A disruption in the world oil market, no matter how small, can send a ripple through prices that will be felt at gas pumps across the country and at the many homes in the Northeast that burn oil to remain toasty during the winter.

If much of that production goes offline, let’s say a million barrels or so, the effect on the world economy will follow within a month or two.

At the moment, the primary disruption is in Iran. It exported about 2.3 million barrels of oil a day at its peak. But production has dropped to 1.3 million and is headed significantly lower because of Trump administration sanctions intended to scare off Iran’s remaining customers and drive its oil exports down to zero. (Trump wants Iran to stop supporting terrorists, to halt missile development and to renegotiate parts of the international nuclear treaty that the United States withdrew from last year.)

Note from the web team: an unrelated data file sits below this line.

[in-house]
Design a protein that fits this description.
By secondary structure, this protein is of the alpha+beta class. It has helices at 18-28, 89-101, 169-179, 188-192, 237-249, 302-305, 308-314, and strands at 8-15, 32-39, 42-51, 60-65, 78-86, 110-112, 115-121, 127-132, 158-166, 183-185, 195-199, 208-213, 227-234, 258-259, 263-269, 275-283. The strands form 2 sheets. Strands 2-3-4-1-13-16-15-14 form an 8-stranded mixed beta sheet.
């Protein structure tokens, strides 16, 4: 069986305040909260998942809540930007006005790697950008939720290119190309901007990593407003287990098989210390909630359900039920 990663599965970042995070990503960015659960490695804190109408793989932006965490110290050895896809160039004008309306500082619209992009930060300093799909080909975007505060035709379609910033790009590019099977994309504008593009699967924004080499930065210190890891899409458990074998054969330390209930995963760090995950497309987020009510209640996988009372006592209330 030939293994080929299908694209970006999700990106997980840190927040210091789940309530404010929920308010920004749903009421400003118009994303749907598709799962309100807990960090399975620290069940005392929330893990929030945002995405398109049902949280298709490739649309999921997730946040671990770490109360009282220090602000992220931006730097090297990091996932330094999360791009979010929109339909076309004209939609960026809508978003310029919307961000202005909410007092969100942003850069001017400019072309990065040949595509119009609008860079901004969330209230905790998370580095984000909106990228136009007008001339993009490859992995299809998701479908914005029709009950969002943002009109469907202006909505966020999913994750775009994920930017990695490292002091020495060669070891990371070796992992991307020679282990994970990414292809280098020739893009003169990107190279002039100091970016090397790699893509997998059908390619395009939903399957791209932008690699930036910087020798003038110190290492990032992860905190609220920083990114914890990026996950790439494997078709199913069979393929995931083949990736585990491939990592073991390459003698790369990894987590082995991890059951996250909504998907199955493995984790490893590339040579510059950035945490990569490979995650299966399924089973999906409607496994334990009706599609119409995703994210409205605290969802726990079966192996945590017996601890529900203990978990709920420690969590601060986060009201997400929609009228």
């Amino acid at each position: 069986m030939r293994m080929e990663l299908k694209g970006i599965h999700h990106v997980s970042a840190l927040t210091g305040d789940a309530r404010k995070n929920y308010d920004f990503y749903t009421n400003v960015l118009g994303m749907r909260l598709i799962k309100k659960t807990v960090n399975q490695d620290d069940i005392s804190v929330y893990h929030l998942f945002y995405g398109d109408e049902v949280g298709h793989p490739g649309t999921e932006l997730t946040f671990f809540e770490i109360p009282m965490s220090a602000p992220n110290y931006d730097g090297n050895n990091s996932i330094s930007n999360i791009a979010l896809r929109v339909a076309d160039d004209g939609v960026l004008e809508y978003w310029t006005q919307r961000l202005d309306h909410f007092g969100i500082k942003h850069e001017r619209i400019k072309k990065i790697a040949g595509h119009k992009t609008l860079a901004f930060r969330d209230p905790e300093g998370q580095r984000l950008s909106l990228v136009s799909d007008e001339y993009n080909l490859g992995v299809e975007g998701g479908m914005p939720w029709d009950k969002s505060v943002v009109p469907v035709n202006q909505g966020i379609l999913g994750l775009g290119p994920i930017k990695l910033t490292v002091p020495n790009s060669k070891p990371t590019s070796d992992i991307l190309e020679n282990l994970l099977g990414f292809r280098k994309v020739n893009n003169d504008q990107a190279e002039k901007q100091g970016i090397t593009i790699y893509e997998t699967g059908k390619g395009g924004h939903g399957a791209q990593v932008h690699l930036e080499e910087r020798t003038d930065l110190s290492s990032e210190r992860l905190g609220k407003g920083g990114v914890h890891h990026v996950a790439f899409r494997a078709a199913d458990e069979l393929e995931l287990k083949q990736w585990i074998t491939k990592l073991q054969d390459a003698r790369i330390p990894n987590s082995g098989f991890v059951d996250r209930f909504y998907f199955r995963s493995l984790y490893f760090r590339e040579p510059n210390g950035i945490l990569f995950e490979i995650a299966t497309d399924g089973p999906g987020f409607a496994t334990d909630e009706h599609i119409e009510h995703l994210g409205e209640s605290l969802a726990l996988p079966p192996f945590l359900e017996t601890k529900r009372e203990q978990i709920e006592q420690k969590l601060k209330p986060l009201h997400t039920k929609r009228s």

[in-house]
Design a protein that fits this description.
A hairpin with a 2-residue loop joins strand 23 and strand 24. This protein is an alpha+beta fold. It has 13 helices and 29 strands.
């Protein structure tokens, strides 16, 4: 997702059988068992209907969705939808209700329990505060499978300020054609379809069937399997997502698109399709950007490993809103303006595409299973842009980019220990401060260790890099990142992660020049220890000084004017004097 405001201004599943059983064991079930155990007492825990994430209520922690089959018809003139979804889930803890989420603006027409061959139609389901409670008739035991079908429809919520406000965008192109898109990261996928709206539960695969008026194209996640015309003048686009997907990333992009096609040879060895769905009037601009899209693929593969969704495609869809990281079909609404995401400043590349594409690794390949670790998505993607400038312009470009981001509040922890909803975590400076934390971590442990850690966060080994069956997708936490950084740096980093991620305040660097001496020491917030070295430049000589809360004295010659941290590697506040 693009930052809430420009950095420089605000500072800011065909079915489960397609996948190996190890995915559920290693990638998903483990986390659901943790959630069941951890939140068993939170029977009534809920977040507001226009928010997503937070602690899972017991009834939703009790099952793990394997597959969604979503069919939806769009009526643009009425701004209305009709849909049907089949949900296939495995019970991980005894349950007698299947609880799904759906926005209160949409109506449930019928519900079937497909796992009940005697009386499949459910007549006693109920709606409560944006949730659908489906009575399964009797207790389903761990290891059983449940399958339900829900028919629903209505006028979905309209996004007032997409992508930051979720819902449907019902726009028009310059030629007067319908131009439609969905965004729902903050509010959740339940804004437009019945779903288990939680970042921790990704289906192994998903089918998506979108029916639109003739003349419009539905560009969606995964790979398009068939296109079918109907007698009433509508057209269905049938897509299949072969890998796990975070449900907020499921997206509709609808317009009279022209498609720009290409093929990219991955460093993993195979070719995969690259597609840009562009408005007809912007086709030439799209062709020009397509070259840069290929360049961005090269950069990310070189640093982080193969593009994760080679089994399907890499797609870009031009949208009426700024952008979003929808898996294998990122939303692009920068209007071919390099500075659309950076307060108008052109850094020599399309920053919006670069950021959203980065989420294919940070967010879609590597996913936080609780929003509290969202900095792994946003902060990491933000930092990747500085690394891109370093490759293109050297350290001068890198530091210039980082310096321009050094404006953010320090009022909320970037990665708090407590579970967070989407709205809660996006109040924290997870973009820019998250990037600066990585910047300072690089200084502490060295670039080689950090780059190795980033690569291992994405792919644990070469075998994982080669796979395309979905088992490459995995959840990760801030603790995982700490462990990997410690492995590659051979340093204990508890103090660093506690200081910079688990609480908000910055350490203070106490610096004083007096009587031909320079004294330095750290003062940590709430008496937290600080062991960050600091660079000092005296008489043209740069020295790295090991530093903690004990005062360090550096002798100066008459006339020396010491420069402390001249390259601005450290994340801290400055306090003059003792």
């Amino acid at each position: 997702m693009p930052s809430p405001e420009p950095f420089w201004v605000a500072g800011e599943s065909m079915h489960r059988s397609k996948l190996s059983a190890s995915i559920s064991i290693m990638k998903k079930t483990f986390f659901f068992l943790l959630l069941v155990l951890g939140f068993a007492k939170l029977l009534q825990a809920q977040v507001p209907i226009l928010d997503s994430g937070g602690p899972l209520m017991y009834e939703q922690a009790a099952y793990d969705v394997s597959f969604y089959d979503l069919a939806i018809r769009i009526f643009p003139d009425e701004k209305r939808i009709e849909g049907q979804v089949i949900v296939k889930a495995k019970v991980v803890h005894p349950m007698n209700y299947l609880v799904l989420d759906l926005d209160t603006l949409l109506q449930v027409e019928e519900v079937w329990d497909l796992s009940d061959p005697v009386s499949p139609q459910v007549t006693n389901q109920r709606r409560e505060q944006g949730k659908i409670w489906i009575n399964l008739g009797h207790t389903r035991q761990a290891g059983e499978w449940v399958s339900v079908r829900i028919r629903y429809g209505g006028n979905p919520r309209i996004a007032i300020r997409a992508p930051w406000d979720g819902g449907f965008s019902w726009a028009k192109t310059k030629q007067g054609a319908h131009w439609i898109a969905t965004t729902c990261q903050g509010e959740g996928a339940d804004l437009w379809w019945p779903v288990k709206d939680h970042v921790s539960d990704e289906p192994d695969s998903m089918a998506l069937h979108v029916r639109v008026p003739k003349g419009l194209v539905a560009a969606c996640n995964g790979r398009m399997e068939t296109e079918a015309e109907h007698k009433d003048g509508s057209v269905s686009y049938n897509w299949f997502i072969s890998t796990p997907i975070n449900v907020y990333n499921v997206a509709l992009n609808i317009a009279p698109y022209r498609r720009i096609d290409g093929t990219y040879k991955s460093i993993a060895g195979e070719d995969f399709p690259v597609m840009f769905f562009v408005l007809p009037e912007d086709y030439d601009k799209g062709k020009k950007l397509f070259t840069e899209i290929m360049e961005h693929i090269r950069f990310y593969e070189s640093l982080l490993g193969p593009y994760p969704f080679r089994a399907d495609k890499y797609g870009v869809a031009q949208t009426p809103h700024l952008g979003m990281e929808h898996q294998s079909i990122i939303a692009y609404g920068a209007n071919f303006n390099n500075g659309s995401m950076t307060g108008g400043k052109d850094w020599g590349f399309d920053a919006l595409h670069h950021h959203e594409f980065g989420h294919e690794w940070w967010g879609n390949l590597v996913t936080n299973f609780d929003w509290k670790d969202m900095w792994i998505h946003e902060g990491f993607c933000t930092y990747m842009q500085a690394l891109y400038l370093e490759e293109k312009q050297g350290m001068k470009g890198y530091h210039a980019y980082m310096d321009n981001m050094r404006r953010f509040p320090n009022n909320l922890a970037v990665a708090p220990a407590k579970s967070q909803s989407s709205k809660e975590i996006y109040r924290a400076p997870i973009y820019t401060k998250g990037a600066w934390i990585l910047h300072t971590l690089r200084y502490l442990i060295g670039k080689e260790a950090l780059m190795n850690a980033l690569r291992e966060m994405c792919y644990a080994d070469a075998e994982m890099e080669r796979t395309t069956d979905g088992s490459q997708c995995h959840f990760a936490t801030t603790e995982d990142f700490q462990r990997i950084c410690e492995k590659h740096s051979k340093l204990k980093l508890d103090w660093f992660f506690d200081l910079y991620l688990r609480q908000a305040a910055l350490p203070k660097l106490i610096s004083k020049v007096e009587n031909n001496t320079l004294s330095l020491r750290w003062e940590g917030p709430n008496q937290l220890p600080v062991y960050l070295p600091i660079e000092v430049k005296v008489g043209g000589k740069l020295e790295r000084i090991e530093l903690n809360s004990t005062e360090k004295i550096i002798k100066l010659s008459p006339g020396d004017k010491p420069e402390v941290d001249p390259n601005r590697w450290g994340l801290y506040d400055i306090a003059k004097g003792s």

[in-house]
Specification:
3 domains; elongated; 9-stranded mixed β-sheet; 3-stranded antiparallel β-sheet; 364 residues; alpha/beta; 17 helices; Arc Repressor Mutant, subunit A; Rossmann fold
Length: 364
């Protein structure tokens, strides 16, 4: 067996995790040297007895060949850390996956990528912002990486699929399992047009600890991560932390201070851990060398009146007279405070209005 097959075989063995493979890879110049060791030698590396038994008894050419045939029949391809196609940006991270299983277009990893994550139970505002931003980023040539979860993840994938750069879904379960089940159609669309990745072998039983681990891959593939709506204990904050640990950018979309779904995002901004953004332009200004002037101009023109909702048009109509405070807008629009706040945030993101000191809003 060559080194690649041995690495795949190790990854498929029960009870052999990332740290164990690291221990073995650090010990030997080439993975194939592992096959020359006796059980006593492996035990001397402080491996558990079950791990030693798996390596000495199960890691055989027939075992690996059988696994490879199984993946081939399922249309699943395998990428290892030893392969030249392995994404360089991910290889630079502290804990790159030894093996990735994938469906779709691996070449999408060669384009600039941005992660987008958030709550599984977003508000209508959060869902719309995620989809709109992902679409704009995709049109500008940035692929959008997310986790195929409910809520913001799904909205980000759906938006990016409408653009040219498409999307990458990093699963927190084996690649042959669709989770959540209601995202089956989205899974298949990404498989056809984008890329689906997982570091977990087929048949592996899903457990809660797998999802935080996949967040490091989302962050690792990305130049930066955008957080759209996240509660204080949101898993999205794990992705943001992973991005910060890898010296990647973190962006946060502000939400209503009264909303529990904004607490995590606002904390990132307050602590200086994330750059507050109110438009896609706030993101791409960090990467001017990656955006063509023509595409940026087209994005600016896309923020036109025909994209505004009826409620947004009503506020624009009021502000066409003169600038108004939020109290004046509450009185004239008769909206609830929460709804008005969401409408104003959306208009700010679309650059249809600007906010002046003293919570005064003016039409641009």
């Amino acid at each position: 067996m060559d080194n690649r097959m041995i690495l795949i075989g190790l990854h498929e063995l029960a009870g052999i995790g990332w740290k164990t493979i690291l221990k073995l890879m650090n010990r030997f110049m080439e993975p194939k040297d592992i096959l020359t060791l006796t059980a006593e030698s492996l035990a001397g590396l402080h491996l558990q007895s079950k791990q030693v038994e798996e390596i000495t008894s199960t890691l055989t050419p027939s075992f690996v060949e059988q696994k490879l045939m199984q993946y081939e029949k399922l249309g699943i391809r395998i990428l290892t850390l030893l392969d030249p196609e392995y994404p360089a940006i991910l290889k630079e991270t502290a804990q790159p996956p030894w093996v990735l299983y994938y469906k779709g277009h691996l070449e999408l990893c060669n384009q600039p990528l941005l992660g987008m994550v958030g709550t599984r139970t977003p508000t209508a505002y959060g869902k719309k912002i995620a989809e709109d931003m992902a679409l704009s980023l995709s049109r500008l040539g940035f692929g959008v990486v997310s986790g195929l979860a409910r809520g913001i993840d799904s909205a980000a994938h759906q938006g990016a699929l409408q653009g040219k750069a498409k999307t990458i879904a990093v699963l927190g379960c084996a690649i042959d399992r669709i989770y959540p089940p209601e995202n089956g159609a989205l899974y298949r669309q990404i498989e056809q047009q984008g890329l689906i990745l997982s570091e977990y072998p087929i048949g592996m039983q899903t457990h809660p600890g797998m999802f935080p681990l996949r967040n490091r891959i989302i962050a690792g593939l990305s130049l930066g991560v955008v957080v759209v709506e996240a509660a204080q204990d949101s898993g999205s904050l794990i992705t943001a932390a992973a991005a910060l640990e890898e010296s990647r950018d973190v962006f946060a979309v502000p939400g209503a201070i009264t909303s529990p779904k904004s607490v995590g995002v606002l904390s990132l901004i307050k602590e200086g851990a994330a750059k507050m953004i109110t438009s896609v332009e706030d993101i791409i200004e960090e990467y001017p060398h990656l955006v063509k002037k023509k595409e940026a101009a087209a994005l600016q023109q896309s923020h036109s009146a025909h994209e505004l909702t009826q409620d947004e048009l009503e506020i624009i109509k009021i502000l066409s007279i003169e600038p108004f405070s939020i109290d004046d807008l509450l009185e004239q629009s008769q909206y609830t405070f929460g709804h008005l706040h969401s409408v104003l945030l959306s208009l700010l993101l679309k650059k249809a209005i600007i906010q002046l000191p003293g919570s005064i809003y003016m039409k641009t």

The Iran sanctions were imposed last fall, but Trump granted waivers to several countries, allowing them to continue buying Iranian crude. At the time, he was using Twitter messages to urge OPEC, and Saudi Arabia in particular, to pump more oil so that oil prices would stay affordable.

The Saudis and other exporting nations complied with Trump’s request, which analysts said was a “bait and switch” move that left the world awash in oil. Oil prices plummeted, and major producers fumed.

Now China, India, Japan, South Korea and Turkey — all significant U.S. trading partners — have been told that waivers won’t be renewed in May, exposing the five countries to economic penalties if they continue buying Iranian crude.

Meanwhile, Venezuelan oil production has also fallen off a cliff, because of that country’s civil unrest and the mismanagement of its national oil company, Petróleos de Venezuela (PDVSA).